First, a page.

I'm trying to write a Linux driver for an I2C device that seems to be slightly different from a typical device. Specifically, I need to read two bytes in a row without sending a stop bit in between, like so:
[S] [Slave Addr | 0] [A] [Reg Addr 1] [A] [Sr] [Slave Addr | 1] [Data Byte 1] [NA] [Sr][Slave Addr | 0] [A] [Reg Addr 2] [A] [Sr] [Slave Addr | 1] [Data Byte 2] [NA] [P]
I've looked at a few ways of doing this, including i2c_transfer(), i2c_master_send() and i2c_master_recv(), but I'm not sure if they will support these. Is there any way of doing this directly with these functions that isn't horribly painful? The documentation that I've found so far hasn't been entirely clear on the matter.
EDIT#1: adding symbols key to make it readable. Courtesy to http://git.kernel.org/?p=linux/kernel/git/torvalds/linux-2.6.git;a=blob;f=Documentation/i2c/i2c-protocol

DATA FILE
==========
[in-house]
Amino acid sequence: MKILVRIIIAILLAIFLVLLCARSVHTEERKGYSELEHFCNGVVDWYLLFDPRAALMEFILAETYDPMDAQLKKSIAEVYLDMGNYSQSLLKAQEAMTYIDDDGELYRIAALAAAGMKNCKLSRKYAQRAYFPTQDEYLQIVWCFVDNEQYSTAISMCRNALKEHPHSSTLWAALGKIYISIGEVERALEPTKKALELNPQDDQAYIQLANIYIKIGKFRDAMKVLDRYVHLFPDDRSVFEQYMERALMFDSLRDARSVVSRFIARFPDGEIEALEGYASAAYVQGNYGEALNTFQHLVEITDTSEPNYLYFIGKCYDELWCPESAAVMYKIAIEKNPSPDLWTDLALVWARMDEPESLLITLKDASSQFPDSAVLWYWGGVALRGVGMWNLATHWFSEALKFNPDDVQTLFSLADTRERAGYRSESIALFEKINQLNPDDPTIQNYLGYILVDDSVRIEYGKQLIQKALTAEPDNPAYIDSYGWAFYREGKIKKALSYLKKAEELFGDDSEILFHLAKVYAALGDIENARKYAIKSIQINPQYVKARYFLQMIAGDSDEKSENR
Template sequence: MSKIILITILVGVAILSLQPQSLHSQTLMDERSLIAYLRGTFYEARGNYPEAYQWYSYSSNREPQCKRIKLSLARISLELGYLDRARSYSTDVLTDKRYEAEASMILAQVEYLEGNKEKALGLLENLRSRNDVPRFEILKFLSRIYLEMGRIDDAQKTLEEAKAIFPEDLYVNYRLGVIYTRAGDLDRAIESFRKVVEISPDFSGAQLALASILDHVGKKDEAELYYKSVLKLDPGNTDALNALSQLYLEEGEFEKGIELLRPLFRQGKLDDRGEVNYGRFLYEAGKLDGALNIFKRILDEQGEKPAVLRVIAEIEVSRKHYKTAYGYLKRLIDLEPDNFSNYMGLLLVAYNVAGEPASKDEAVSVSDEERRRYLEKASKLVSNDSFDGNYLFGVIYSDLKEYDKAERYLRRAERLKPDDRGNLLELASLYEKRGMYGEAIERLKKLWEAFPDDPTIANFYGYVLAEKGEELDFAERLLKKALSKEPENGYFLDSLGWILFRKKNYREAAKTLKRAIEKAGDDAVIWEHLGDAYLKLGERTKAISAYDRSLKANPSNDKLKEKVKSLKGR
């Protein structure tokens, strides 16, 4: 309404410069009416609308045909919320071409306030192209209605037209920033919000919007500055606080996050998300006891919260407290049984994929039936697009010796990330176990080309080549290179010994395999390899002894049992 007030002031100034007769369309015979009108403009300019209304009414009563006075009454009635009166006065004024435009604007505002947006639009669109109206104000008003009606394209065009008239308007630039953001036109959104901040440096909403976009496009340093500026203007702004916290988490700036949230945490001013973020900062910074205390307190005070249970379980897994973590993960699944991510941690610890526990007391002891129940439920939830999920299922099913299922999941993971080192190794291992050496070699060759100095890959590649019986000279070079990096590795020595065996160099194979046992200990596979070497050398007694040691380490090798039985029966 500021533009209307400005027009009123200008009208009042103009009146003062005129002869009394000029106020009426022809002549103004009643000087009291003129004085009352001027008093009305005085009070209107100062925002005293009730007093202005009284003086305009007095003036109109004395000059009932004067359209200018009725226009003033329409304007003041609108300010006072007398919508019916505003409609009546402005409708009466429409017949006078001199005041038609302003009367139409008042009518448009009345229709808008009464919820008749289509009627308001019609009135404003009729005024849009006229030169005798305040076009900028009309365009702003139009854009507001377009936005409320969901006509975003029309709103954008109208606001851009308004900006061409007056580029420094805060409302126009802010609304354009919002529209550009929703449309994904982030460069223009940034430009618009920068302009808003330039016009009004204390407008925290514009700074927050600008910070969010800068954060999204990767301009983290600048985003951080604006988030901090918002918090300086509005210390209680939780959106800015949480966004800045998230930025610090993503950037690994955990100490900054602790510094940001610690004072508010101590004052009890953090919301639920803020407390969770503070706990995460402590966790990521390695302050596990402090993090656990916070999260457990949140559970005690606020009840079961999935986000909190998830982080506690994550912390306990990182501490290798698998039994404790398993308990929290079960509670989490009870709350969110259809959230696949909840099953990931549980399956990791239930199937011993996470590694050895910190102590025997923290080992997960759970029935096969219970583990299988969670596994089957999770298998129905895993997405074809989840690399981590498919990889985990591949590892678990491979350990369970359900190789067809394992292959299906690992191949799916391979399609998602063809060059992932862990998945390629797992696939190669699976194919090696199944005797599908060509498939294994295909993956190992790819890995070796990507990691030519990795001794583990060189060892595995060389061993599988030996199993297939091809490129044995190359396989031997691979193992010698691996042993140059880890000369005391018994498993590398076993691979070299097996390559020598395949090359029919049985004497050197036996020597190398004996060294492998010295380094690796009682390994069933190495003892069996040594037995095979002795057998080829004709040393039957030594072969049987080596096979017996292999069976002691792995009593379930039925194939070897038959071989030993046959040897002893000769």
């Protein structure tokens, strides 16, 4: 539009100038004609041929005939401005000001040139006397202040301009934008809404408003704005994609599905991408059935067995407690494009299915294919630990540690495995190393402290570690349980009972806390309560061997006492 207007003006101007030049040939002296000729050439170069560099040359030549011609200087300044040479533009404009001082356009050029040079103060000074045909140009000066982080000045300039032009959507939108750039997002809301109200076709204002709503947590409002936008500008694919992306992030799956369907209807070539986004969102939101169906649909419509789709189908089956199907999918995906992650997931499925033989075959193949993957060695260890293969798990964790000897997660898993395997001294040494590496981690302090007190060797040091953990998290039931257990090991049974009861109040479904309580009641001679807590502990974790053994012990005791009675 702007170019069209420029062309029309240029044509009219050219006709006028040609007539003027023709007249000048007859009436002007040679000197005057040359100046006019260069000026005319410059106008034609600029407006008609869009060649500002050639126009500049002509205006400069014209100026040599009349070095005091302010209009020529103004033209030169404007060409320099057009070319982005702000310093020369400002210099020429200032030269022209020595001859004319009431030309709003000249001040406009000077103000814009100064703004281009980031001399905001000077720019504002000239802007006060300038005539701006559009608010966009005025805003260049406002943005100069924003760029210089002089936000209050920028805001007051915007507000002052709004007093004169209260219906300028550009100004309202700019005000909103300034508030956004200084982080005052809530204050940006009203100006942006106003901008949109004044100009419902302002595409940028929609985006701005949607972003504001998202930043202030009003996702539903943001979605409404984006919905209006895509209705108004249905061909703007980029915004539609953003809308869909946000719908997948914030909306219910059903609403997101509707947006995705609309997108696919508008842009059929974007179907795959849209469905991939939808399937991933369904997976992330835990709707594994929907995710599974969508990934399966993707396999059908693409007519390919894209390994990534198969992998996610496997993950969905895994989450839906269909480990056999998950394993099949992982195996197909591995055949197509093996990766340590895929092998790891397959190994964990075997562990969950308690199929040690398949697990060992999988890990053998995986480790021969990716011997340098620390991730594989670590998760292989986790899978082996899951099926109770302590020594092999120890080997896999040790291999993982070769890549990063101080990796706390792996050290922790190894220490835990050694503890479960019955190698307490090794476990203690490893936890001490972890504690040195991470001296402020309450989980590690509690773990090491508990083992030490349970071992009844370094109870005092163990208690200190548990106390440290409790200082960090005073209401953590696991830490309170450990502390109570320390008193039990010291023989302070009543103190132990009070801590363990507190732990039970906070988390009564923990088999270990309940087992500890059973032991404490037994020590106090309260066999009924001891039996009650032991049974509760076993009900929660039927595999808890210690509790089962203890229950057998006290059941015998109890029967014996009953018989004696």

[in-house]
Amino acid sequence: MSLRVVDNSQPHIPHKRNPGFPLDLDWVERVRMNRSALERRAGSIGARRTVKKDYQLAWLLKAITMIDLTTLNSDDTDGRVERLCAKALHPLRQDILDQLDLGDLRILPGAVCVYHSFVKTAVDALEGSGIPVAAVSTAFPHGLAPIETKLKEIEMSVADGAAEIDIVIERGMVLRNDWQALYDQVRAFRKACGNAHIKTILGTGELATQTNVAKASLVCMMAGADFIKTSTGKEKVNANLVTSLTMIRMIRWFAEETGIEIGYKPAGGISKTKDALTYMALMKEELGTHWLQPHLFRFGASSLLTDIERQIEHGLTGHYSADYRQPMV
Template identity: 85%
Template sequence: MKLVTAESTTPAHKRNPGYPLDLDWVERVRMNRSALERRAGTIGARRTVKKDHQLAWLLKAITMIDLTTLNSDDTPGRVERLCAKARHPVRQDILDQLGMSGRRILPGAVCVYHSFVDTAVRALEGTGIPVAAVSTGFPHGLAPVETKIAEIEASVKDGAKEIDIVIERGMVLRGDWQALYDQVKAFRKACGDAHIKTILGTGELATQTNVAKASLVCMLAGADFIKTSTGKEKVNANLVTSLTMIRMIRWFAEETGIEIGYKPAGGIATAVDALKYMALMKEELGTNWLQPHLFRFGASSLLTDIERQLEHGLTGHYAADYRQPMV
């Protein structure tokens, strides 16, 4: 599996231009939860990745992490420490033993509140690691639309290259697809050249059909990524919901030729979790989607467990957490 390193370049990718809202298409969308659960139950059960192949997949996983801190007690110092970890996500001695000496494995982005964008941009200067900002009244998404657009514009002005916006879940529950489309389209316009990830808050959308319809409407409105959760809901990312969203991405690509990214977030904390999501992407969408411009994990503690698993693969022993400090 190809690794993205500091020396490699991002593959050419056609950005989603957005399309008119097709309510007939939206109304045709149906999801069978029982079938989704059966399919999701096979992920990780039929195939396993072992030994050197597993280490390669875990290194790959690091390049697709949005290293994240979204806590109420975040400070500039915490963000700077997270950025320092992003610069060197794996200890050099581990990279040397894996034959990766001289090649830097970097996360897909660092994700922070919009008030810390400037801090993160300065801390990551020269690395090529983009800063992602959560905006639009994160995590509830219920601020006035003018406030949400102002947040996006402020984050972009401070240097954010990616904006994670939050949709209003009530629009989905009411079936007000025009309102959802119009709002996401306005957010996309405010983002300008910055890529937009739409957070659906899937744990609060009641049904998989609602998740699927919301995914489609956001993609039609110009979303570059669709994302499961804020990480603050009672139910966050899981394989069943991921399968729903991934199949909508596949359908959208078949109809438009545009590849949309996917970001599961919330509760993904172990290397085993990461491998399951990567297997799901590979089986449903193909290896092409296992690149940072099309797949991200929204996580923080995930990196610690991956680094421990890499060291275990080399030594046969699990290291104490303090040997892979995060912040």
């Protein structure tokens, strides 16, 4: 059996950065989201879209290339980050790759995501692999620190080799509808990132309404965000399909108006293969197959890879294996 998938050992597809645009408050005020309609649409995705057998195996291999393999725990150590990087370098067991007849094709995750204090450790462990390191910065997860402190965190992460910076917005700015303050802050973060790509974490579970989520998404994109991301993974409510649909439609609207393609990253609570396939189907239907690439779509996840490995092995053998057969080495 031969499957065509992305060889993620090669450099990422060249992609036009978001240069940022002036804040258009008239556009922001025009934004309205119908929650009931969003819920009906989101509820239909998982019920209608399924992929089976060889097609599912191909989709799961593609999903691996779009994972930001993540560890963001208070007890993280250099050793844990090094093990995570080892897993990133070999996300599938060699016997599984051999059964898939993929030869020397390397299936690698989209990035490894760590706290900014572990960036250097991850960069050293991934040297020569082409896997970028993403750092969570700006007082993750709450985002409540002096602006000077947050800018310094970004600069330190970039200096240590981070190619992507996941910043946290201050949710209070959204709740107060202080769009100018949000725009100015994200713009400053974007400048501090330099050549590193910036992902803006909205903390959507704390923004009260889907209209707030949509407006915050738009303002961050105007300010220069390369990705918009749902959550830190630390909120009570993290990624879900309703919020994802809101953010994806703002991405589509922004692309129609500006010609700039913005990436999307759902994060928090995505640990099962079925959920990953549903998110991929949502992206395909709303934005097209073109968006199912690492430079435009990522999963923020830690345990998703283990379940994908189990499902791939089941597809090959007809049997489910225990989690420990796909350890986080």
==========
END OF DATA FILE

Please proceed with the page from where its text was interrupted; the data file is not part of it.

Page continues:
Key to symbols ============== S (1 bit) : Start bit P (1 bit) : Stop bit Rd/Wr (1 bit) : Read/Write bit. Rd equals 1, Wr equals 0. A, NA (1 bit) : Accept and reverse accept bit. Addr (7 bits): I2C 7 bit address. Note that this can be expanded as usual to get a 10 bit I2C address. Comm (8 bits): Command byte, a data byte which often selects a register on the device. Data (8 bits): A plain data byte. Sometimes, I write DataLow, DataHigh for 16 bit data. Count (8 bits): A data byte containing the length of a block operation. [..]: Data sent by I2C device, as opposed to data sent by the host adapter.